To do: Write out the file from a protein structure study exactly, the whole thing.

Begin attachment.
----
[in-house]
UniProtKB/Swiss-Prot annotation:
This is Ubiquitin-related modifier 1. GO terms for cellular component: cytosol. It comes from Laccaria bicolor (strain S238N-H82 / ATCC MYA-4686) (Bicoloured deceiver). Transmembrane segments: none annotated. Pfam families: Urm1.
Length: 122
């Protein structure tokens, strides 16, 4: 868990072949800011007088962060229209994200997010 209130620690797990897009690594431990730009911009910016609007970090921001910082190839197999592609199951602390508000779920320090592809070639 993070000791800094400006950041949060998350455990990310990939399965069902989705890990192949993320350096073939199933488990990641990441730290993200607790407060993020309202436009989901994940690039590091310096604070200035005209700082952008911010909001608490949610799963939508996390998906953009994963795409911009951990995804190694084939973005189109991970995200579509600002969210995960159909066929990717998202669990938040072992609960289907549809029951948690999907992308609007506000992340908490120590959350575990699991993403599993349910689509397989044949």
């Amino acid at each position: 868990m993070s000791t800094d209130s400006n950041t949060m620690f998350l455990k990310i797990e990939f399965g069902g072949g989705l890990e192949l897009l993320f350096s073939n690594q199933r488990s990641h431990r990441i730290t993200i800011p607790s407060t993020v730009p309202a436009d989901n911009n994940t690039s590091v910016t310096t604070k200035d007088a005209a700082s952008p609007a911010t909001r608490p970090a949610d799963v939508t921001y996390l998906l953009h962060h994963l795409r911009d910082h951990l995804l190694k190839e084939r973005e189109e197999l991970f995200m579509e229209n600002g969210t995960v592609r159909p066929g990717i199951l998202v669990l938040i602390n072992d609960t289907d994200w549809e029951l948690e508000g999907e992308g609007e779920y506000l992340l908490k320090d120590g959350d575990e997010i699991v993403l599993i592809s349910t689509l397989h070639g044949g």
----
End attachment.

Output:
[in-house]
UniProtKB/Swiss-Prot annotation:
This is Ubiquitin-related modifier 1. GO terms for cellular component: cytosol. It comes from Laccaria bicolor (strain S238N-H82 / ATCC MYA-4686) (Bicoloured deceiver). Transmembrane segments: none annotated. Pfam families: Urm1.
Length: 122
């Protein structure tokens, strides 16, 4: 868990072949800011007088962060229209994200997010 209130620690797990897009690594431990730009911009910016609007970090921001910082190839197999592609199951602390508000779920320090592809070639 993070000791800094400006950041949060998350455990990310990939399965069902989705890990192949993320350096073939199933488990990641990441730290993200607790407060993020309202436009989901994940690039590091310096604070200035005209700082952008911010909001608490949610799963939508996390998906953009994963795409911009951990995804190694084939973005189109991970995200579509600002969210995960159909066929990717998202669990938040072992609960289907549809029951948690999907992308609007506000992340908490120590959350575990699991993403599993349910689509397989044949």
């Amino acid at each position: 868990m993070s000791t800094d209130s400006n950041t949060m620690f998350l455990k990310i797990e990939f399965g069902g072949g989705l890990e192949l897009l993320f350096s073939n690594q199933r488990s990641h431990r990441i730290t993200i800011p607790s407060t993020v730009p309202a436009d989901n911009n994940t690039s590091v910016t310096t604070k200035d007088a005209a700082s952008p609007a911010t909001r608490p970090a949610d799963v939508t921001y996390l998906l953009h962060h994963l795409r911009d910082h951990l995804l190694k190839e084939r973005e189109e197999l991970f995200m579509e229209n600002g969210t995960v592609r159909p066929g990717i199951l998202v669990l938040i602390n072992d609960t289907d994200w549809e029951l948690e508000g999907e992308g609007e779920y506000l992340l908490k320090d120590g959350d575990e997010i699991v993403l599993i592809s349910t689509l397989h070639g044949g």